If I were to write a book about camp this would be a part of it.
"Katie stepped on a pitchfork," he told me to explain why the Mingo counselor wouldn't be at camp that night. It was Monday which meant time for the Women's Journey. All of the Pathfinder girl cabins would be traveling together down the mud hike hill in the Oak Forest and up the path to the Green Cathedral. There we would spend time sharing counselor testimonies, talking in small groups, and finally spreading out on the benches and listening to songs related to the night.
It would be easy enough to have the Mingo girls come along in the big group. By the time we finished the Journey in the chapel and making s'mores afterwards there would be a relief counselor there to take Katie's spot. But the Journey came and went and our fingers were sticky with melted marshmallows. Still no one came.
We hiked back up through the woods to Lake Village for night meds. I led the way with a crate of graham cracker wrappers followed by a parade of twenty very hyper 14 and 15-year-old girls. The sun was already gone when we got to the lodge. I borrowed the nurse's radio and asked what I should do with this extra cabin of girls. It was time for showers and devotions.
The radio crackled back, "Uh, we're still trying to find someone. We'll send a counselor to get the girls from your cabin in a little bit. Just keep them entertained till then." I took a deep breath. Camp is fun but as a counselor you work hard all day long. This job is both physically and emotionally draining and by this time of the night I was ready to wind down, not to take on an extra cabin by myself.
I called to the two cabins of girls, mine and the orphans, and led them back to Teton. Inside the four cabin walls it was if they multiplied. Laughing and shrieking bounced around the room along with the strains of Hannah Montana's "Best of Both Words." It was late. I was tired. I needed reinforcements. Fast.
The girls didn't even notice when I slipped out the door. I ran across the back porch and into Shoshone. Sarah, the counselor, looked up from where she was sitting in a circle with her calm, peaceful, friendship bracelet knotting campers. "I need your help," I said.
I explained the situation to Sarah and we devised a plan. She brought all of her campers over to make a grand total of 30 teenage girls crammed into one cabin. Together we could handle this. We paused the iPod to get their attention, "Ok girls. We're going to play Catch Phrase," Sarah yelled over them. "We need to clear out the middle of the floor and sit down in a giant circle."
These suntanned girls with their hair in messy buns and dressed in every color of Abercrombie camis squeezed into a circle that took the form of the perimeter of the cabin. Sarah and I handed out two disk players and numbered the girls off into two teams. Their screaming guesses were so loud they couldn't hear the beeping countdown. Sarah and I sat Indian style in the center of the circle bent down with our ears close to the timer. At the buzz we would scream, "STOP!" over the girls' chaotic noise and adjust the score. I love order and this was nothing resembling anything close structure.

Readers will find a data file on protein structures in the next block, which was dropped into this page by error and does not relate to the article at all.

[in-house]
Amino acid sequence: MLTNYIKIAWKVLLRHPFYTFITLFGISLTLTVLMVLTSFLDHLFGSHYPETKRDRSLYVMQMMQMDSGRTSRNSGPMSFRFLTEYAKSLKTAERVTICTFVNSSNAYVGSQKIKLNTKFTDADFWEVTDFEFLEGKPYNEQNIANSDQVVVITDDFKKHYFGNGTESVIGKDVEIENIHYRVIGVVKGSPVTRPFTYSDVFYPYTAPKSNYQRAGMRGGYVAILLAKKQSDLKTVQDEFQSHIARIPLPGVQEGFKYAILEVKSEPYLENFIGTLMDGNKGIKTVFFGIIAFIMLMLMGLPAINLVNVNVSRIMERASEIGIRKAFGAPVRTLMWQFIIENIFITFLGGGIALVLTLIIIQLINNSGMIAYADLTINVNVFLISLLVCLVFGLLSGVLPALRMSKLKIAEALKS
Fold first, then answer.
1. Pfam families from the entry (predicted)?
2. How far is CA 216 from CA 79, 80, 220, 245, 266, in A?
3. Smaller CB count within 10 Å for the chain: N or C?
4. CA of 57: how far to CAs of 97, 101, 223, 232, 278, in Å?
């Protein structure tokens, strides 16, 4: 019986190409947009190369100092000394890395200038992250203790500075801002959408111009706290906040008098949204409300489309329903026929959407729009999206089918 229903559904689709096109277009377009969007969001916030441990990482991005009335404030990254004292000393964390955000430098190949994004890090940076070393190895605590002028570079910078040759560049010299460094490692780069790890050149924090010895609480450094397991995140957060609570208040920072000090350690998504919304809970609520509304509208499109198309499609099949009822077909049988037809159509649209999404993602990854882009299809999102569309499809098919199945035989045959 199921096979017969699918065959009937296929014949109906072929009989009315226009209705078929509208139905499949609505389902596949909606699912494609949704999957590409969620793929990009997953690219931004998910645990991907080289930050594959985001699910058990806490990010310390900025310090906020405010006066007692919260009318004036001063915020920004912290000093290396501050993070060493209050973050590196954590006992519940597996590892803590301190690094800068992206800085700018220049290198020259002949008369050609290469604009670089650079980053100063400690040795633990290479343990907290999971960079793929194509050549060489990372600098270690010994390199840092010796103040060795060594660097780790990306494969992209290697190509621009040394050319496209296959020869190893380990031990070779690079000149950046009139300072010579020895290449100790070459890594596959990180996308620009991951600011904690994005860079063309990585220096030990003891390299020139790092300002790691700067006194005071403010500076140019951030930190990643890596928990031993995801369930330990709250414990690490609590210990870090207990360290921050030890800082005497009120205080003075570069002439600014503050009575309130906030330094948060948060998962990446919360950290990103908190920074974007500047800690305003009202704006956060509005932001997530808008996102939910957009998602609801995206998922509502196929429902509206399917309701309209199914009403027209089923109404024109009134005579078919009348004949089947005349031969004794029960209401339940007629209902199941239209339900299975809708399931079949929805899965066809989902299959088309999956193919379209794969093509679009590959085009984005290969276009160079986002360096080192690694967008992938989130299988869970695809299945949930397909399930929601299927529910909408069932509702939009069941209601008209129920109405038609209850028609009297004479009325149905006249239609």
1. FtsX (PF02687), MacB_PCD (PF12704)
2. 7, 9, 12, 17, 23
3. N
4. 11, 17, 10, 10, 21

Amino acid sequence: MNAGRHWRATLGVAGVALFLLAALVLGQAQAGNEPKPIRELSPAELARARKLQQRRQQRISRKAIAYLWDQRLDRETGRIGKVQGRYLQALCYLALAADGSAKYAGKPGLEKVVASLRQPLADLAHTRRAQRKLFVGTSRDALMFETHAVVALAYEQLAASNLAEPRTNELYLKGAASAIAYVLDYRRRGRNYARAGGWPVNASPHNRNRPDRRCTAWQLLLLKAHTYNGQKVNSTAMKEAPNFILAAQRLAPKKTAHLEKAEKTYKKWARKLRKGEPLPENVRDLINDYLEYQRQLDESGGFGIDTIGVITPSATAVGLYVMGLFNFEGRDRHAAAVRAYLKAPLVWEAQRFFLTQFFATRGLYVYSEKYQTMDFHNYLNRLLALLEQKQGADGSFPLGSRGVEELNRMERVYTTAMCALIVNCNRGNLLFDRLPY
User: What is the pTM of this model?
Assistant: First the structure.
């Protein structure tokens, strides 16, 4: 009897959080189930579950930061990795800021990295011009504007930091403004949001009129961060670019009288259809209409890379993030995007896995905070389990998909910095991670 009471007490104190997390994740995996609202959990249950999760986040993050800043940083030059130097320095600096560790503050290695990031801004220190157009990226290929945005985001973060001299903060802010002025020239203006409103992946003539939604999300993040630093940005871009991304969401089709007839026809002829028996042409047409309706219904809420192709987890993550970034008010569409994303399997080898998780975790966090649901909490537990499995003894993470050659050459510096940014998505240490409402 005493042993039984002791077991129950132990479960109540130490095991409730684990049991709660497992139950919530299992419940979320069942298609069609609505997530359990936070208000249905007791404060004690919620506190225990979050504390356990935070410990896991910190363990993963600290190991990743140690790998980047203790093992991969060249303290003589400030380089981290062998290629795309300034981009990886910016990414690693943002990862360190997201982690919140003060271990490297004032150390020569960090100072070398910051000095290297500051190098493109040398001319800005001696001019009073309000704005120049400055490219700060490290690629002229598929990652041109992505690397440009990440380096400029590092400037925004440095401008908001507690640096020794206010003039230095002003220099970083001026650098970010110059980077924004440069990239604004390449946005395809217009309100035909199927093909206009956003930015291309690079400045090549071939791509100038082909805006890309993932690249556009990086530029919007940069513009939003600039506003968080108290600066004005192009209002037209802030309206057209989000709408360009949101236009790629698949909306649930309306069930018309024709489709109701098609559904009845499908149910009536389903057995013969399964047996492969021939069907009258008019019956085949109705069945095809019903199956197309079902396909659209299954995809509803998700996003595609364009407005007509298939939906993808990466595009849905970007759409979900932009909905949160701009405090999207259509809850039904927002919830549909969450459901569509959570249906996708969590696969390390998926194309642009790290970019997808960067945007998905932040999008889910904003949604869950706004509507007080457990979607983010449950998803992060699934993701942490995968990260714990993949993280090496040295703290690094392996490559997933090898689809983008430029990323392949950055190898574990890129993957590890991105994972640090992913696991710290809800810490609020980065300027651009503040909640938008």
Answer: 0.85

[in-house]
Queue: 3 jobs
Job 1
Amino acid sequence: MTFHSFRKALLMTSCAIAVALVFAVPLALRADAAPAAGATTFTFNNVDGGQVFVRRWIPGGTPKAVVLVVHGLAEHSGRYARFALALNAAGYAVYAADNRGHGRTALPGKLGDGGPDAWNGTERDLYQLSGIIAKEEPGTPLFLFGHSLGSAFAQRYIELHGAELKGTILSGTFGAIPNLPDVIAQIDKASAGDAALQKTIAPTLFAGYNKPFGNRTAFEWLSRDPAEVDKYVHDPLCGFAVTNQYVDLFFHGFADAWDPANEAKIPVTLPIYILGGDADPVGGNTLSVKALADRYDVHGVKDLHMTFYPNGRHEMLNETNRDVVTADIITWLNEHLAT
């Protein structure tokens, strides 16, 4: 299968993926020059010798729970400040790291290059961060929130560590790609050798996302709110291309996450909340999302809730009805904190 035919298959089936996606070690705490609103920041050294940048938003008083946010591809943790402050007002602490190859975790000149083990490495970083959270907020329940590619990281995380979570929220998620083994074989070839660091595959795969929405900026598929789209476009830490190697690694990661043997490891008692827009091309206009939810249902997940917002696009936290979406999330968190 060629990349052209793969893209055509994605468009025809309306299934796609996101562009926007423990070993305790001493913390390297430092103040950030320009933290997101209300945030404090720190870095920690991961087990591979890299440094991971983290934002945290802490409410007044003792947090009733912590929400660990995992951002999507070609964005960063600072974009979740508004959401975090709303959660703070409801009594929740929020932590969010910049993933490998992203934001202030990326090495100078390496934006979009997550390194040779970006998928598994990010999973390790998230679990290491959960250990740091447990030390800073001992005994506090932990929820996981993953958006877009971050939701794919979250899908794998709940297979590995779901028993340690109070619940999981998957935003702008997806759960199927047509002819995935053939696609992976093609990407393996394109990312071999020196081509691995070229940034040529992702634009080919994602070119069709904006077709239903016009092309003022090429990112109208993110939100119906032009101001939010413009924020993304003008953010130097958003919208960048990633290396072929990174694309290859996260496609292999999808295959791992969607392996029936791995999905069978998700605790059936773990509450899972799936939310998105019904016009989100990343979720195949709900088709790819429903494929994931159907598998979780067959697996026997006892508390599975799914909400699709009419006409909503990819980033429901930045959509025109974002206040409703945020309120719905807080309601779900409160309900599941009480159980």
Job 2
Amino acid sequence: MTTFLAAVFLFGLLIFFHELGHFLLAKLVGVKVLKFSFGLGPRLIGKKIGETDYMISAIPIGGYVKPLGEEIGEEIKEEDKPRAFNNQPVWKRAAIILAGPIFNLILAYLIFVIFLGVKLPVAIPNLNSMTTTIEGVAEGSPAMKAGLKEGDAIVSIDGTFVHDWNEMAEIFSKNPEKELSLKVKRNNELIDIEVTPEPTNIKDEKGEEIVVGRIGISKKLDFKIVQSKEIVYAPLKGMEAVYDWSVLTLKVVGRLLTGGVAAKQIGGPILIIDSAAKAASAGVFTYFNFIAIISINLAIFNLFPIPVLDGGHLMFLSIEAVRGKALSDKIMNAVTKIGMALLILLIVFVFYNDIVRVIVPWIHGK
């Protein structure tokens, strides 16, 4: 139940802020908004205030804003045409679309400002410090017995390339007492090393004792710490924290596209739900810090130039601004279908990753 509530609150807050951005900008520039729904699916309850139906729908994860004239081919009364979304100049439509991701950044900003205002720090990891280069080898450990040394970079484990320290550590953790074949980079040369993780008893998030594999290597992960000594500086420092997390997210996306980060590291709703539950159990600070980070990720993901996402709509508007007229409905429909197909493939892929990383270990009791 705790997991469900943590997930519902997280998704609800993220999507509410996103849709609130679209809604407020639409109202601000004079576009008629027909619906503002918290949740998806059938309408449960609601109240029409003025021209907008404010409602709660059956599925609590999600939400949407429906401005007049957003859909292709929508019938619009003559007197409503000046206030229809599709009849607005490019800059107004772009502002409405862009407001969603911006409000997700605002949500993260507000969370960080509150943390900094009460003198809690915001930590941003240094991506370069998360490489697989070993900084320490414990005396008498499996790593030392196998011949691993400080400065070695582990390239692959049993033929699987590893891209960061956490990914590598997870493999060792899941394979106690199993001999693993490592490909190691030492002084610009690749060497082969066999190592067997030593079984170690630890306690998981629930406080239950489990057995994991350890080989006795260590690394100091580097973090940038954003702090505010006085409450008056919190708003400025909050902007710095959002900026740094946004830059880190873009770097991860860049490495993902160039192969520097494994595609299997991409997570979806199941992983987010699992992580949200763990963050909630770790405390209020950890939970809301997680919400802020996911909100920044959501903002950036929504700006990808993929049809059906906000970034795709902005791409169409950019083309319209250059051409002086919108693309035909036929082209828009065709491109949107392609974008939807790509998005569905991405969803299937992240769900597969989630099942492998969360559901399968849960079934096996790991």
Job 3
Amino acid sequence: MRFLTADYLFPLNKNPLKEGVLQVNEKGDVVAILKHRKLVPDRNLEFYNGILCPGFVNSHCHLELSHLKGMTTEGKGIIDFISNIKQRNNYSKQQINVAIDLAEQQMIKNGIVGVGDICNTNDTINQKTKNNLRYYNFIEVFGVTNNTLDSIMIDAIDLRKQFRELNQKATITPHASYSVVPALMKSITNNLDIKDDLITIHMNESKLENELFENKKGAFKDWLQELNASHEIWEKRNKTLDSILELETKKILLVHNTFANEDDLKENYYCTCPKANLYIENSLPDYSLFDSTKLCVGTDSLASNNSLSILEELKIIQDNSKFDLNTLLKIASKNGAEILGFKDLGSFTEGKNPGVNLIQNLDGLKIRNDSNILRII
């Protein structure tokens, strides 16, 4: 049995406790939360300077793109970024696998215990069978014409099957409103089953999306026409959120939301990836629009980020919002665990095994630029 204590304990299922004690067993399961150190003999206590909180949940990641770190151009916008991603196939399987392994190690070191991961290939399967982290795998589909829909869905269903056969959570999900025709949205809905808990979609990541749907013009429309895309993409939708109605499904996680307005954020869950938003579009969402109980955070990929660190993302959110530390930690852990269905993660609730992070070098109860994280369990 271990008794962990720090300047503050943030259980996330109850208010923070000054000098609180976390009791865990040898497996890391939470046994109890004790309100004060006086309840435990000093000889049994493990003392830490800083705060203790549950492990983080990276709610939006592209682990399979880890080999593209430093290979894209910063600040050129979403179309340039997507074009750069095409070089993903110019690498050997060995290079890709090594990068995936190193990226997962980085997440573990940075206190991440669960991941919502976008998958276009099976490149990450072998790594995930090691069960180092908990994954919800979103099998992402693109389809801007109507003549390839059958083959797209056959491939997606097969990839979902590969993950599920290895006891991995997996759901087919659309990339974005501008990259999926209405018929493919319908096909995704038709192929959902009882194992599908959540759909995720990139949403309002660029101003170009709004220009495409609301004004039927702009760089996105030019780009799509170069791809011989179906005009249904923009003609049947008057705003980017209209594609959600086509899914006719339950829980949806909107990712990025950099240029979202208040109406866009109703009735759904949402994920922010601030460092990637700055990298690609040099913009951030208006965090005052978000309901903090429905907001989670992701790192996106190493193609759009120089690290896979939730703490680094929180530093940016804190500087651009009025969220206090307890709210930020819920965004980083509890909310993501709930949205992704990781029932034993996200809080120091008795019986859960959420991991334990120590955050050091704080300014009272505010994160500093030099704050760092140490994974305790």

Sarah and I ate goldfish and twizzlers from campers' junk food stashes, laughed at the insanity of the situation and exchanged worried looks as the clock ticked past 10:45. Would someone ever come to take these extra campers back to their own cabin?
We took back the Catch Phrase disks and turned off the lights to transition to devotion time. When we did our highs and lows each girl was limited to speaking only five words because there were so many of them to share. Illuminated by a flashlight, I read a chapter from Donald Miller's Blue Like Jazz. It was the first one I turned to, about penguin love and how they always know where to find their mate year after year. As I read I remember thinking the devotion wasn't that great but for tonight it would be just fine.
The girls were spread out sitting in front of bunks, lying on the floor and leaning against their friends. During devotions every night the craziness of the day dissipates and is replaced by the sounds of steady breathing, the whirring ensemble of fans and my voice reading. Even with three cabins combined their reliable calm covered all of us. As I turned to the final page the door opened and the silhouette of a counselor walked in and sat at the picnic table that had been shoved up against the door. Sarah closed in prayer and the voices of all the girls joined in, "Amen."
When the overhead light flipped on Amy said, "Hi guys. I'm here to get the Mingo girls." She was just in time. We might have had camp's largest sleep-over next. Amy introduced herself to the younger girls who were very relieved they "wouldn't be forgotten forever." They filed out of our cabin and made their way home to the other side of the village. Sarah took the Shoshone girls back across the porch.
My girls brushed their teeth, took out their contacts and crawled into their sleeping bags. I went from bunk to bunk giving hugs and high 5s before whispering, "Good night girls" into the darkness and falling into my own bed.
The day hadn't ended like I expected. I thought it would be a calm night, at least calm by camp standards, but instead I sat in a circle of teenage insanity and figured out how to survive with Sarah. We had to be flexible because that's just what we needed to do right then. There wasn't another option.
Life doesn't always go according to plan. Sometimes you have to adjust what you expected. Accept that maybe you need to live outside of your comfort zone.
When I tell the story of that night I remember how crazy it was but more importantly I remember Sarah sitting right beside me in the midst of all that screaming. She was the friend I depended on that night and that summer. I never would have planned our Monday night to be like that but I think it turned out pretty perfectly.